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April 30, 2012 / Nina Duncan

Capture your Perfect Summer – Part 1

There’s so much going on this summer with the Olympics, the Queen’s Diamond Jubilee (did you see my pictures of Her Majesty in the press recently?) and I’m sure you all have some special events too. Over the next few weeks I’ll be posting some helpful tips to improve the images you take this summer.

You don’t need to have the latest digital camera to improve your pictures. Whether you want better holiday snaps, pictures of friends, your children or a family pet; the difference between just an okay image and a fantastic one is mainly small and easily fixed! Anyone, using any camera, can instantly improve his or her results with some simple tips:

FILL THE FRAME – GET IN CLOSE

A lot of times the biggest mistake people make, and the easiest to fix, is not getting in close enough to their subject. Especially when taking pictures of children or babies, we tend to just focus our eye on what our adorable child is doing and end up with a picture composed mainly of the surroundings and a small person lost amongst it! So zoom in or physically get closer and have your subject fill the frame! It makes for a more intimate and engaging image and also cuts out a lot of irrelevant background… which leads me onto the next tip.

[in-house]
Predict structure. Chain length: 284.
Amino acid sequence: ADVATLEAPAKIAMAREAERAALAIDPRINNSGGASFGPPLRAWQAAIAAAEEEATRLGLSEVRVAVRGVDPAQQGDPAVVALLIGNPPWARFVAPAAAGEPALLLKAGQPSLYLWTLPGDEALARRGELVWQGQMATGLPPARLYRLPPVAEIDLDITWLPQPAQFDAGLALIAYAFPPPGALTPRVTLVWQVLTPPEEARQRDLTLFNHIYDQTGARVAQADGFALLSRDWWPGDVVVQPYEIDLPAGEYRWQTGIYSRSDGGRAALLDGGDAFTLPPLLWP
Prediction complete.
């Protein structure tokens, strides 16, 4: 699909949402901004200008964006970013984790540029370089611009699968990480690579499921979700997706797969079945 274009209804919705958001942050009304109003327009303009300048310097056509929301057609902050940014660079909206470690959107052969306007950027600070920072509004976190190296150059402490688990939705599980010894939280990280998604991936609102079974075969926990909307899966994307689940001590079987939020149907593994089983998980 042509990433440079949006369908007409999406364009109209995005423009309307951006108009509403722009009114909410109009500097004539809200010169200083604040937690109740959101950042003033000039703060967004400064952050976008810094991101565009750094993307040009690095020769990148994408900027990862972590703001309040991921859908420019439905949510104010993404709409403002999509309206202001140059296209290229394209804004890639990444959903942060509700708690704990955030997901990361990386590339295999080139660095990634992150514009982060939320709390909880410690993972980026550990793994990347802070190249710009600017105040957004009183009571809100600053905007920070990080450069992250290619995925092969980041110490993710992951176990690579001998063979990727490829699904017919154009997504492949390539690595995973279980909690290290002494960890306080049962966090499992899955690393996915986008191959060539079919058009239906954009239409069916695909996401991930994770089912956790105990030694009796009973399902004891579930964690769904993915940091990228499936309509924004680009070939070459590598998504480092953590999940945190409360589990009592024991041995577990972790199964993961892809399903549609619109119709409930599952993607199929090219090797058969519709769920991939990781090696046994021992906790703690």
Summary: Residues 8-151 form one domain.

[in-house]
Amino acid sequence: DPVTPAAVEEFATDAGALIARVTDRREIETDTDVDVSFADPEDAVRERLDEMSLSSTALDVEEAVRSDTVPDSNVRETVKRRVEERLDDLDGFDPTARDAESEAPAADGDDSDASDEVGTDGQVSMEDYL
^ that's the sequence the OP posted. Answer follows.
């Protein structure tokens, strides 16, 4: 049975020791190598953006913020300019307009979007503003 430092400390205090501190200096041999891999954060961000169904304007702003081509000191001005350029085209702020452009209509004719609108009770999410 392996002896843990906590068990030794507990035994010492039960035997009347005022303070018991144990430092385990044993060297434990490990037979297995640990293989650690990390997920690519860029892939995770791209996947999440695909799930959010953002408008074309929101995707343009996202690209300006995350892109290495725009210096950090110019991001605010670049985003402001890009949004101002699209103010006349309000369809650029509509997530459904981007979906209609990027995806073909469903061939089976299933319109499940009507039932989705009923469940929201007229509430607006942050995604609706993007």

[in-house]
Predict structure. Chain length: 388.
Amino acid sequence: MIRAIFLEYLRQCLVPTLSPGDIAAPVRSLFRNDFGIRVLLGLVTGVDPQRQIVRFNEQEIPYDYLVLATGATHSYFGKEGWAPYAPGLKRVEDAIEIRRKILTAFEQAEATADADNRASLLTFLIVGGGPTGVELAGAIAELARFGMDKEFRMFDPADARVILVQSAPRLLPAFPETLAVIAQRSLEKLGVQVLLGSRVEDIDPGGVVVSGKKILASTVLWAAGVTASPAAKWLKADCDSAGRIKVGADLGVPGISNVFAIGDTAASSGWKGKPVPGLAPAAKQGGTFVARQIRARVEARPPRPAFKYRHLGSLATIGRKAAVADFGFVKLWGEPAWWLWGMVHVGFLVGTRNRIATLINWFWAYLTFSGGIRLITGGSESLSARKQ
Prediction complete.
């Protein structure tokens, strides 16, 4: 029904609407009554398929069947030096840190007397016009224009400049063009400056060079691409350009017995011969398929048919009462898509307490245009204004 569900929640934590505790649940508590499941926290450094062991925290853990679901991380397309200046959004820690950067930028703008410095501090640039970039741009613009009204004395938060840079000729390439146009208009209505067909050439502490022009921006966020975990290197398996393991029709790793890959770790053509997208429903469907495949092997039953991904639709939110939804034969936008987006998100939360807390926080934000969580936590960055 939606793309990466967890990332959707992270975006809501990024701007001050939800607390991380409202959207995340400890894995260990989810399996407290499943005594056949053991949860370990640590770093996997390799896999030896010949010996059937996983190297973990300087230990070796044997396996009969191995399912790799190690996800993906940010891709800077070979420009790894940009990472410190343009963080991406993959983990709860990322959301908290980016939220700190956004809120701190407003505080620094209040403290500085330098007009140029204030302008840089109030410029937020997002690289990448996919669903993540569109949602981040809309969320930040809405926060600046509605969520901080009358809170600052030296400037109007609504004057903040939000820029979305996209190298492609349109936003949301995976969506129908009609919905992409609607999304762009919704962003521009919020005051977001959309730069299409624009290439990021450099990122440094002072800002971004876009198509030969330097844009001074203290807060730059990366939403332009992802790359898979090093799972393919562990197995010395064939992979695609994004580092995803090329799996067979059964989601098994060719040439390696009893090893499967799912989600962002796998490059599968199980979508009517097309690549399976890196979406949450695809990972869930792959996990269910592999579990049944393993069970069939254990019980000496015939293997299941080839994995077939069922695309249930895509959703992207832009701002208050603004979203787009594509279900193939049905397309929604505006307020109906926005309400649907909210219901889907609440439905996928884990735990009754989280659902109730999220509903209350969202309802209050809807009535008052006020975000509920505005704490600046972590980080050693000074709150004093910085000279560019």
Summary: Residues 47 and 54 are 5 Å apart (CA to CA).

LOOK AT THE BACKGROUND

We’re so concerned with taking a quick snap before our friends stop smiling or our child runs away that we don’t pay attention to what is going on behind and around our subject. I loose count of the amount of times I see images, which can be improved by moving ourselves as the photographer or the subject so they don’t have a tree growing out of the top of their head or a dustbin by their side!

KEEP IT SIMPLE

When photographing a family I am always asked ‘what should we wear for our shoot” and my answer is keep it simple. You don’t want an outfit to detract from a persons face or expression, especially a baby or very small child when their expressions are priceless. Big hair bows and intricate outfits or wild colors are a common mistake. Also keep props to a minimum. Have a child’s’ favorite small toy to keep them entertained or distracted while you take pictures is a great idea but a massive or irrelevant prop will just serve as a distraction.

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